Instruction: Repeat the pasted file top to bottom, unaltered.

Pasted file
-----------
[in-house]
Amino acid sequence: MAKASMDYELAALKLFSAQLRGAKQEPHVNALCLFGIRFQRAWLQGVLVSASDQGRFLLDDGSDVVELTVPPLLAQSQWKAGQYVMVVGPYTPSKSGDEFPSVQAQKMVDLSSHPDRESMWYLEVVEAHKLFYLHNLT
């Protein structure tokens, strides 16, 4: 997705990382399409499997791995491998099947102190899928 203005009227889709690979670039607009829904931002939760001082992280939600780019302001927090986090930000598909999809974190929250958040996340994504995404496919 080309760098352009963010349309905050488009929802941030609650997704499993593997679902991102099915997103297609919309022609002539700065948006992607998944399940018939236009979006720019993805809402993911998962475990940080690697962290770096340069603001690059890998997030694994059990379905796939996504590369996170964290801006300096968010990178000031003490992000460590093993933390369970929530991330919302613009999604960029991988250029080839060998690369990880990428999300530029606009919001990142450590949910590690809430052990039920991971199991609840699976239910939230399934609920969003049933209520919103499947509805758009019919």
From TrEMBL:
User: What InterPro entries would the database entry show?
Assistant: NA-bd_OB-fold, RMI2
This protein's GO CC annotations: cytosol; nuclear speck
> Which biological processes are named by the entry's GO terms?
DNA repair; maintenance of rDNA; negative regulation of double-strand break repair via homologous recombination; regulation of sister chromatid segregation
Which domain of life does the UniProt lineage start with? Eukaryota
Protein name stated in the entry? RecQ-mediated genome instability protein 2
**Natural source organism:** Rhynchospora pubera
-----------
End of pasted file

[in-house]
Amino acid sequence: MAKASMDYELAALKLFSAQLRGAKQEPHVNALCLFGIRFQRAWLQGVLVSASDQGRFLLDDGSDVVELTVPPLLAQSQWKAGQYVMVVGPYTPSKSGDEFPSVQAQKMVDLSSHPDRESMWYLEVVEAHKLFYLHNLT
């Protein structure tokens, strides 16, 4: 997705990382399409499997791995491998099947102190899928 203005009227889709690979670039607009829904931002939760001082992280939600780019302001927090986090930000598909999809974190929250958040996340994504995404496919 080309760098352009963010349309905050488009929802941030609650997704499993593997679902991102099915997103297609919309022609002539700065948006992607998944399940018939236009979006720019993805809402993911998962475990940080690697962290770096340069603001690059890998997030694994059990379905796939996504590369996170964290801006300096968010990178000031003490992000460590093993933390369970929530991330919302613009999604960029991988250029080839060998690369990880990428999300530029606009919001990142450590949910590690809430052990039920991971199991609840699976239910939230399934609920969003049933209520919103499947509805758009019919």
From TrEMBL:
User: What InterPro entries would the database entry show?
Assistant: NA-bd_OB-fold, RMI2
This protein's GO CC annotations: cytosol; nuclear speck
> Which biological processes are named by the entry's GO terms?
DNA repair; maintenance of rDNA; negative regulation of double-strand break repair via homologous recombination; regulation of sister chromatid segregation
Which domain of life does the UniProt lineage start with? Eukaryota
Protein name stated in the entry? RecQ-mediated genome instability protein 2
**Natural source organism:** Rhynchospora pubera